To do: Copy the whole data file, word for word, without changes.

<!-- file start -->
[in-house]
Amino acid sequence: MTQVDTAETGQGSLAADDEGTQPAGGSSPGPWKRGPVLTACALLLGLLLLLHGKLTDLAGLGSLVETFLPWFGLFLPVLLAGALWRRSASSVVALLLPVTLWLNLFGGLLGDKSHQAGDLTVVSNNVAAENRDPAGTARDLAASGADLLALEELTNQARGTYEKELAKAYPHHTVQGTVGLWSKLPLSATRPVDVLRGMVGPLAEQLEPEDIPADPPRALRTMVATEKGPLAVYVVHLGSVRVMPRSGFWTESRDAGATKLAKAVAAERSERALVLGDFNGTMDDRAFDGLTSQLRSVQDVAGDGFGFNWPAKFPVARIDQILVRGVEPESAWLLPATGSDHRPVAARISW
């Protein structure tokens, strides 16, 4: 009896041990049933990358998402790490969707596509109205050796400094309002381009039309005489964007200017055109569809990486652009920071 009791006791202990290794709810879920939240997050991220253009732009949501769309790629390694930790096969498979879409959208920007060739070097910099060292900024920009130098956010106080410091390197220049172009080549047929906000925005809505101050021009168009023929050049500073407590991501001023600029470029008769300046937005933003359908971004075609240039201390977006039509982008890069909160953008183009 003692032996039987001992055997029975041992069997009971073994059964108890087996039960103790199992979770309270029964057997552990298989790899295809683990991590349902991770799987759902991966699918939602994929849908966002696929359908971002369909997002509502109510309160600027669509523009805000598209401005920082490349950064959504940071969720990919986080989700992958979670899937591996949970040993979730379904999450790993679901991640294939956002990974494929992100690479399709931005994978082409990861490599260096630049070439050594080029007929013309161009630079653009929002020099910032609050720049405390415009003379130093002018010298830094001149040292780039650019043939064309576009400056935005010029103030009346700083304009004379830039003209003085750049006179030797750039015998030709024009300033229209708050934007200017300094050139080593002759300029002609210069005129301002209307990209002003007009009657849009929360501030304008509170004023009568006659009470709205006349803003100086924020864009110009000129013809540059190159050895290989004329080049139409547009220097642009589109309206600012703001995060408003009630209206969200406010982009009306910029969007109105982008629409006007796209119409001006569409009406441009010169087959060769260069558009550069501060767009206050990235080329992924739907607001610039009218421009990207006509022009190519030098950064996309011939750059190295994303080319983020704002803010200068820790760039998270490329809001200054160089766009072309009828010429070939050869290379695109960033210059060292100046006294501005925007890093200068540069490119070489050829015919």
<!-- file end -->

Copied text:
[in-house]
Amino acid sequence: MTQVDTAETGQGSLAADDEGTQPAGGSSPGPWKRGPVLTACALLLGLLLLLHGKLTDLAGLGSLVETFLPWFGLFLPVLLAGALWRRSASSVVALLLPVTLWLNLFGGLLGDKSHQAGDLTVVSNNVAAENRDPAGTARDLAASGADLLALEELTNQARGTYEKELAKAYPHHTVQGTVGLWSKLPLSATRPVDVLRGMVGPLAEQLEPEDIPADPPRALRTMVATEKGPLAVYVVHLGSVRVMPRSGFWTESRDAGATKLAKAVAAERSERALVLGDFNGTMDDRAFDGLTSQLRSVQDVAGDGFGFNWPAKFPVARIDQILVRGVEPESAWLLPATGSDHRPVAARISW
């Protein structure tokens, strides 16, 4: 009896041990049933990358998402790490969707596509109205050796400094309002381009039309005489964007200017055109569809990486652009920071 009791006791202990290794709810879920939240997050991220253009732009949501769309790629390694930790096969498979879409959208920007060739070097910099060292900024920009130098956010106080410091390197220049172009080549047929906000925005809505101050021009168009023929050049500073407590991501001023600029470029008769300046937005933003359908971004075609240039201390977006039509982008890069909160953008183009 003692032996039987001992055997029975041992069997009971073994059964108890087996039960103790199992979770309270029964057997552990298989790899295809683990991590349902991770799987759902991966699918939602994929849908966002696929359908971002369909997002509502109510309160600027669509523009805000598209401005920082490349950064959504940071969720990919986080989700992958979670899937591996949970040993979730379904999450790993679901991640294939956002990974494929992100690479399709931005994978082409990861490599260096630049070439050594080029007929013309161009630079653009929002020099910032609050720049405390415009003379130093002018010298830094001149040292780039650019043939064309576009400056935005010029103030009346700083304009004379830039003209003085750049006179030797750039015998030709024009300033229209708050934007200017300094050139080593002759300029002609210069005129301002209307990209002003007009009657849009929360501030304008509170004023009568006659009470709205006349803003100086924020864009110009000129013809540059190159050895290989004329080049139409547009220097642009589109309206600012703001995060408003009630209206969200406010982009009306910029969007109105982008629409006007796209119409001006569409009406441009010169087959060769260069558009550069501060767009206050990235080329992924739907607001610039009218421009990207006509022009190519030098950064996309011939750059190295994303080319983020704002803010200068820790760039998270490329809001200054160089766009072309009828010429070939050869290379695109960033210059060292100046006294501005925007890093200068540069490119070489050829015919």